Message from the Dean

A Message from the Dean

Prof. Shin-ichi Ohkoshi, Dean of the School of Science

Prof. Shin-ichi Ohkoshi,
Dean of the School of Science

The history of the Graduate School of Science and Faculty of Science at the University of Tokyo dates back to 1877 (Meiji 10). Currently, the Faculty of Science comprises ten departments: Mathematics, Information Science, Physics, Astronomy, Earth and Planetary Physics, Earth and Planetary Science, Chemistry, Biophysics and Biochemistry, Biological Sciences, and Bioinformatics and Systems Biology. The Graduate School of Science comprises five departments: Physics, Astronomy, Earth and Planetary Science, Chemistry, and Biological Sciences.

The research areas of the Faculty of Science and the Graduate School of Science range from the microscopic scale of elementary particles, atoms, and molecules to the macroscopic scale of cells and living organisms, from the Earth’s interior to the polar regions, and extend to the solar system, galaxies, and the farthest reaches of the universe. They also cover the longest span of time, from the creation of the universe during the Big Bang to the past, present, and future. We humans are fascinated by the unexplained mysteries of the natural world; we want to solve these mysteries, and this is what the members of the Faculty of Science and the Graduate School of Science are dedicated to doing through their research. The discoveries and scientific technologies that emerge from these endeavors can contribute to industrial advances and lead to improvement of people’s lives. Scientific research can also hold the potential for progress in cutting-edge fields such as drug discovery, materials science, AI, the next generation of mobile communication systems, and quantum technology, and in fact has yielded numerous patents and other forms of intellectual property. For example, Kikunae Ikeda (1864-1936), who became a professor in the Department of Chemistry of Tokyo Imperial University in 1901, not only conducted fundamental research in physical chemistry but also in 1907 discovered the main ingredient of the widely used umami seasoning, monosodium L-glutamate, which is sold under brand names such as Ajinomoto. Professor Ikeda is now recognized as one of the “Ten Japanese Great Inventors”. The professor’s office which Professor Ikeda used before he retired is still in use at the University today. In another field of science, it is known that rising temperatures caused by increases in carbon dioxide concentration in the atmosphere threaten the future of our planet. Even during a global crisis such as the one we are currently facing, the research conducted at the Faculty of Science and the Graduate School of Science is making the greatest impact. In fact, Professor Syukuro Manabe, who received the Nobel Prize in Physics in 2021, predicted that climate change would occur as a result of elevated levels of carbon dioxide in the atmosphere. We need to address numerous global challenges if humanity is to better manage our Earth, and scientific research is key to tackling these challenges. This year, the telescope at the University of Tokyo Atacama Observatory (TAO) on the summit of Cerro Chajnantor in Chile will begin gathering data in earnest, promising new discoveries in the field of astronomy.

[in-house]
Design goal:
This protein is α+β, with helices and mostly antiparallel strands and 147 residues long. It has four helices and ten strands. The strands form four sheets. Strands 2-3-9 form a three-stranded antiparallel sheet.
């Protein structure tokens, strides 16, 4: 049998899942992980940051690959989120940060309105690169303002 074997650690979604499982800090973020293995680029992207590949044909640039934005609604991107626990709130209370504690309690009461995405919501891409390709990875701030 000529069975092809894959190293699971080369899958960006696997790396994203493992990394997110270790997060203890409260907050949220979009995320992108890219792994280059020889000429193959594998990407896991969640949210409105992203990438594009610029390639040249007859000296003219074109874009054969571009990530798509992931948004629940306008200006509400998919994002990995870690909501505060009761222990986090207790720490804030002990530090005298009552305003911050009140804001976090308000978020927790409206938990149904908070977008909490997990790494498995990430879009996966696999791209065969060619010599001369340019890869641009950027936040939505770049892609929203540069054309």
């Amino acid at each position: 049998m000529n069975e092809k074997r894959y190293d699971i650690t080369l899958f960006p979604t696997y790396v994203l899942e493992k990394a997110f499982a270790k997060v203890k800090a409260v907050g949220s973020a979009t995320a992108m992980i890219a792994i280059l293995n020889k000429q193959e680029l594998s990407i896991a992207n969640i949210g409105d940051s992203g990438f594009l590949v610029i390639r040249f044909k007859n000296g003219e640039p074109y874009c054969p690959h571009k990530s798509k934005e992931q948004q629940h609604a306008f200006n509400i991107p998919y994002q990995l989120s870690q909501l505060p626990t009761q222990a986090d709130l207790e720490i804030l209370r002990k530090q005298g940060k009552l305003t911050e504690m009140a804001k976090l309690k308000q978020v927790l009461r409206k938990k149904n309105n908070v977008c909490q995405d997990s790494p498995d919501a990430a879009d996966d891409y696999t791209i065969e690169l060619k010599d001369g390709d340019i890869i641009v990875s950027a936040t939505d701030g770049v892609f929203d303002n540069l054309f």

I believe that human intuition driven by curiosity and acute insight, which are unaffected by external influences, can ultimately discover the truth. It is indeed the undergraduate and graduate students who are currently immersed in their studies and research that will unravel the laws of nature and solve future global challenges. It is important for students to acquire a high level of expertise in their individual research fields, and then to gain “awareness” by interacting with students with expertise in other fields. To that end, we strongly encourage inter-disciplinary interaction, international exchange, and industry-academia collaboration. I believe that my mission as Dean of the School of Science is to provide opportunities for researchers and students to gain such “awareness”. For example, with the aim of encouraging the global circulation of talented individuals, we offer several initiatives, including overseas exchange opportunities and the University of Tokyo Joint-Supervision PhD Double-Degree Program (University of Tokyo Double-Degree Program). These initiatives are all designed to provide opportunities for gaining “awareness”. We are also strongly committed to the promotion of diversity, enabling new sensibilities such as gender equality to be cultivated and shared.

As stated in the Charter of the Graduate School of Science at the University of Tokyo, it is the mission of the School to teach the principles and methods of science to the young people who will lead the next generation, cultivate individuals who can acquire the wisdom and tools to solve future problems and contribute to the sustainable and peaceful development of human society, to make our educational and research results available to the public and endeavor to prevent such results from being used to harm society and the global environment, and that they contribute to the development of society and culture and the continued existence of the human race.